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Category Archives: Songs of experience
In The Divine Image from The Songs of Innocence, Blake is addressing Mercy, Pity, Peace and Love. This poem takes all four aspects and individually connects them to the aspects of humanity; where “Mercy has a human heart” which is personifying an emotion (l. 9). To “Pity, a human face / And Love, the human form […] Continue reading
“Pixar Movie about a Tiger/Beetle” by Bradley Dexter Christian Dual powers contend in William Blake’s “A Dream” from Songs of Innocence and “The Tyger” from Songs of Experience, reminding me of the climax from Rudyard Kipling’s The Jungle Book in which the main antagonist, a tiger (Shere Khan) battles the Red Flower. The poems illustrate […] Continue reading
Last week, I explored “Holy Thursday” from Songs of Innocence. In considering which two poems to examine as contraries, I immediately became interested in expanding my exploration of the original “Holy Thursday” by comparing it to its twin of the same name in Songs of Experience. The first difference I noted is the lack of […] Continue reading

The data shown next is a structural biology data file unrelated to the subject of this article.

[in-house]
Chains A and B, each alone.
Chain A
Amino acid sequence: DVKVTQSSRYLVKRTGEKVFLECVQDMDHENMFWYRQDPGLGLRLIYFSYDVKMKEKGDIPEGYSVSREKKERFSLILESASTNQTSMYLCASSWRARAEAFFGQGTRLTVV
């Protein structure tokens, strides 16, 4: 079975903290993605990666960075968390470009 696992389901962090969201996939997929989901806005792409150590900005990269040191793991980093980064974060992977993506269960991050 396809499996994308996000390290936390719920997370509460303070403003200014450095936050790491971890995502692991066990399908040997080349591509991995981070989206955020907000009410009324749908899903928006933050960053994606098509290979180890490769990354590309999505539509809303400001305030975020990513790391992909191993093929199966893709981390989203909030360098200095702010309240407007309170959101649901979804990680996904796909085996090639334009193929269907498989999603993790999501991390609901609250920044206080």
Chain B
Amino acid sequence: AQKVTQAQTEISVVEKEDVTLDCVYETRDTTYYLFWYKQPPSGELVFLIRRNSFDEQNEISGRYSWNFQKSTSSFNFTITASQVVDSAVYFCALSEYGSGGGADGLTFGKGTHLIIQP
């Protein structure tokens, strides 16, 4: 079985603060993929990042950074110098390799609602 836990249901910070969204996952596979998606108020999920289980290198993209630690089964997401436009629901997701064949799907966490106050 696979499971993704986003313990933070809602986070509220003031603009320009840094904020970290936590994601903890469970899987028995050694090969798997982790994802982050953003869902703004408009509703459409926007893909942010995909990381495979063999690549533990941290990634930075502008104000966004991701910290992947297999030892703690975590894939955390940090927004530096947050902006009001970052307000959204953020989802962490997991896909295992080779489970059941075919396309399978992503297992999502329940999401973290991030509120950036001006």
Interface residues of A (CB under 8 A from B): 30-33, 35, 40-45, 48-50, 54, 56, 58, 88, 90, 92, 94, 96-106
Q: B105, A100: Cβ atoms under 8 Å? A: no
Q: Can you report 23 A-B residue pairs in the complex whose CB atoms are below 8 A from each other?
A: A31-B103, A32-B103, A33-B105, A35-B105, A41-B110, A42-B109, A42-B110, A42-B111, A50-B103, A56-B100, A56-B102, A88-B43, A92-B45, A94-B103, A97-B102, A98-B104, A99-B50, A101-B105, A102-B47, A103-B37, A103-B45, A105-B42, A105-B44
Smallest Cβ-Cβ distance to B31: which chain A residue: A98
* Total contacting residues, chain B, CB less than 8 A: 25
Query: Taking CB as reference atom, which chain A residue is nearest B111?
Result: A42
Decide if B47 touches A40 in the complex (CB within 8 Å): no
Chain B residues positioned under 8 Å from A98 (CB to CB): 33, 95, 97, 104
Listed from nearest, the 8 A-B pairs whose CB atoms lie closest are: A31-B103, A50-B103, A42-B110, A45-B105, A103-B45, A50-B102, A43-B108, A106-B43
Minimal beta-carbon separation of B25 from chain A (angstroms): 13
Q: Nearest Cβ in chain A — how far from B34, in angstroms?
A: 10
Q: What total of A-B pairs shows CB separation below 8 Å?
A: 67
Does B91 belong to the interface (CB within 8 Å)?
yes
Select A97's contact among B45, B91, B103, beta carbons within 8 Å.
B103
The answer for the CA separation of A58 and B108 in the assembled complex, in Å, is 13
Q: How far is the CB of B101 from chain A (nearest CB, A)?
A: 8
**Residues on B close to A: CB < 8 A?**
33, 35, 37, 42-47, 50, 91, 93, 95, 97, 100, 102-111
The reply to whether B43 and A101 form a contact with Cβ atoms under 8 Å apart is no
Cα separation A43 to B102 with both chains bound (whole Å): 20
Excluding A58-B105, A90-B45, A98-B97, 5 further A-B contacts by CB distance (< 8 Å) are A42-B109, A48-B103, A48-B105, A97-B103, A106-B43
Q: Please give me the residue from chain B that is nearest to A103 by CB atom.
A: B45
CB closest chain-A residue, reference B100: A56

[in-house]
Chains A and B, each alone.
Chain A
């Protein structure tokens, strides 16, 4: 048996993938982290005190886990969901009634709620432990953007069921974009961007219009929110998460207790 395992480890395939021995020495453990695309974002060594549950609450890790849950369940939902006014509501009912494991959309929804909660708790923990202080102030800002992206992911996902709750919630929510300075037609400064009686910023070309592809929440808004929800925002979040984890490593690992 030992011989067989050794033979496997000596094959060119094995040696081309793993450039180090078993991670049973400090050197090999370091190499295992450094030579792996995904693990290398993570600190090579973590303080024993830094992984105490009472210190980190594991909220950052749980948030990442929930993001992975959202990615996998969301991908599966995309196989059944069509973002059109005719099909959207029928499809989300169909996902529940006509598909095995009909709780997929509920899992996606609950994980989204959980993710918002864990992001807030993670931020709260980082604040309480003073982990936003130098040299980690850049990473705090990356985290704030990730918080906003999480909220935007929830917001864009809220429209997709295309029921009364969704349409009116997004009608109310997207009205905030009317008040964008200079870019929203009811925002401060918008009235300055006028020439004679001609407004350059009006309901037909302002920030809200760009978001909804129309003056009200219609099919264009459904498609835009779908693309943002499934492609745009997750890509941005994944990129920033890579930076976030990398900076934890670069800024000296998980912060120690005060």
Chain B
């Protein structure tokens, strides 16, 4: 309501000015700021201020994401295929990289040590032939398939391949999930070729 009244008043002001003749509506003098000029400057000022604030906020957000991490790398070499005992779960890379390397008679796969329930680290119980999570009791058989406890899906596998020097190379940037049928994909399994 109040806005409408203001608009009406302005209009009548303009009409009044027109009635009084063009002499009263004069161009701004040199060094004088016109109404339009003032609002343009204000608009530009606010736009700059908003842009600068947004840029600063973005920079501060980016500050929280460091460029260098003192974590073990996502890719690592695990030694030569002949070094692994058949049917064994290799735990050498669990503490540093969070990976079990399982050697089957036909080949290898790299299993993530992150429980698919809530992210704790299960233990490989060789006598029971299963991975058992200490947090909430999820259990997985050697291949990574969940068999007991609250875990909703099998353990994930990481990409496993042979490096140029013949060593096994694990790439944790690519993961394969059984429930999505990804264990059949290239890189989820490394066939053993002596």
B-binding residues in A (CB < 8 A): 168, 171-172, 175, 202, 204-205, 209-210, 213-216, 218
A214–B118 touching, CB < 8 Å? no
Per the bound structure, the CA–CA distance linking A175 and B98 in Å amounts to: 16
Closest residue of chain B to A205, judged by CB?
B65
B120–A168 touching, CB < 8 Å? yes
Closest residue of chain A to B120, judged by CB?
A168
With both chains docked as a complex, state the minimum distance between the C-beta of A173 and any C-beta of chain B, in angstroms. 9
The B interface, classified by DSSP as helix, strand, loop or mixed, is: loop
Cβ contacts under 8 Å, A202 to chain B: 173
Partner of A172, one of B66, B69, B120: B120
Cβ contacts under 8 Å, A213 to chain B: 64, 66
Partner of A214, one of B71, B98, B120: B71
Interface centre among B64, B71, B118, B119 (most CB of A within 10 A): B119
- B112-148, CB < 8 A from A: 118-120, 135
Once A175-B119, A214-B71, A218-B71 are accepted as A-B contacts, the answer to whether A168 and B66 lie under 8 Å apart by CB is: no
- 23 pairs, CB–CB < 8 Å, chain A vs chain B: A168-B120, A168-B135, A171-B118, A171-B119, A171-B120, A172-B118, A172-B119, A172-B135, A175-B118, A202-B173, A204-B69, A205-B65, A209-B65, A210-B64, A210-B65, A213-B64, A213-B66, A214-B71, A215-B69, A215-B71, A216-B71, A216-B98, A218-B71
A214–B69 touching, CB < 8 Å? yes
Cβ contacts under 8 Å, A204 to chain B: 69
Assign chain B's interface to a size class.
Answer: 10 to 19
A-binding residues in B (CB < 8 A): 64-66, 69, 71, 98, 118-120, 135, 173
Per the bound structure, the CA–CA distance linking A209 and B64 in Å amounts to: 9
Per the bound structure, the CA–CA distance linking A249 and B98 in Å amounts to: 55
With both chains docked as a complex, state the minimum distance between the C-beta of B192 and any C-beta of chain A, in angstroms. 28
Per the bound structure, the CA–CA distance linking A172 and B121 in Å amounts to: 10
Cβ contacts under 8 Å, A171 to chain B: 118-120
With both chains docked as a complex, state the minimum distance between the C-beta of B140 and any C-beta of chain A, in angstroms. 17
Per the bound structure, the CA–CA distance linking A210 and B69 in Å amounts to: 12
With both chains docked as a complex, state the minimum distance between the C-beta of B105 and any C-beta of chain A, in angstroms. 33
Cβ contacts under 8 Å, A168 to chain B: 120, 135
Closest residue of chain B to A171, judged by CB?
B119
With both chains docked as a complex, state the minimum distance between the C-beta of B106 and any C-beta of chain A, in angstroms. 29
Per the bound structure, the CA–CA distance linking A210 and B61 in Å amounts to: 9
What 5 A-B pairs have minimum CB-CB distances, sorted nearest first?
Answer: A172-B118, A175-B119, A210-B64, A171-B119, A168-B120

I was intrigued to see Blake included a poem titled “Infant Sorrow” in Songs of Experience. Although I knew that Songs of Experience offered contrary poems to Songs of Innocence, “Infant Joy” was not a poem I expected to have a contrary poem. An infant is the epitome of innocence—he has absolutely no worldly experience, […] Continue reading
For next Wednesday (2/7), students will analyze a poem from The Songs of Experience that has a “contrary” or negative twin poem in The Songs of Innocence. How do these contrary poems/designs mutually inform, interrupt, or revise each other in a manner that is not apparent when these poems are read in isolation? Alternatively, students […] Continue reading